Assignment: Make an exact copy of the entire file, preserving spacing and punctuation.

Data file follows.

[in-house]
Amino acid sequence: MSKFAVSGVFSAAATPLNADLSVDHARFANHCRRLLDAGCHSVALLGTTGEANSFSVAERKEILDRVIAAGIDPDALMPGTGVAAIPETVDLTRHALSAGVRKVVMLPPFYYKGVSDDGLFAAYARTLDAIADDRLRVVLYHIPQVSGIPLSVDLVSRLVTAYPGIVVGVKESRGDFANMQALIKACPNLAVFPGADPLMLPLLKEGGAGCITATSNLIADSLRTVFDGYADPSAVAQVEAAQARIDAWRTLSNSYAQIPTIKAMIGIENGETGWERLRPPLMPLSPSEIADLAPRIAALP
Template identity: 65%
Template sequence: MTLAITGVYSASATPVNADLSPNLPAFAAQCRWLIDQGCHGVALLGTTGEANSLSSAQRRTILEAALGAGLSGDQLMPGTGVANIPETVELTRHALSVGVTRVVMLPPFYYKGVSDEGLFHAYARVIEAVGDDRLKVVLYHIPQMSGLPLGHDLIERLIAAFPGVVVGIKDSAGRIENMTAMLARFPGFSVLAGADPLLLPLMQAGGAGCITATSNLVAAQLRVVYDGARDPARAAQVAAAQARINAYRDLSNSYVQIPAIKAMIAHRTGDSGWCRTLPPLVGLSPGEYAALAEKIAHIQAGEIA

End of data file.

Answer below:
[in-house]
Amino acid sequence: MSKFAVSGVFSAAATPLNADLSVDHARFANHCRRLLDAGCHSVALLGTTGEANSFSVAERKEILDRVIAAGIDPDALMPGTGVAAIPETVDLTRHALSAGVRKVVMLPPFYYKGVSDDGLFAAYARTLDAIADDRLRVVLYHIPQVSGIPLSVDLVSRLVTAYPGIVVGVKESRGDFANMQALIKACPNLAVFPGADPLMLPLLKEGGAGCITATSNLIADSLRTVFDGYADPSAVAQVEAAQARIDAWRTLSNSYAQIPTIKAMIGIENGETGWERLRPPLMPLSPSEIADLAPRIAALP
Template identity: 65%
Template sequence: MTLAITGVYSASATPVNADLSPNLPAFAAQCRWLIDQGCHGVALLGTTGEANSLSSAQRRTILEAALGAGLSGDQLMPGTGVANIPETVELTRHALSVGVTRVVMLPPFYYKGVSDEGLFHAYARVIEAVGDDRLKVVLYHIPQMSGLPLGHDLIERLIAAFPGVVVGIKDSAGRIENMTAMLARFPGFSVLAGADPLLLPLMQAGGAGCITATSNLVAAQLRVVYDGARDPARAAQVAAAQARINAYRDLSNSYVQIPAIKAMIAHRTGDSGWCRTLPPLVGLSPGEYAALAEKIAHIQAGEIA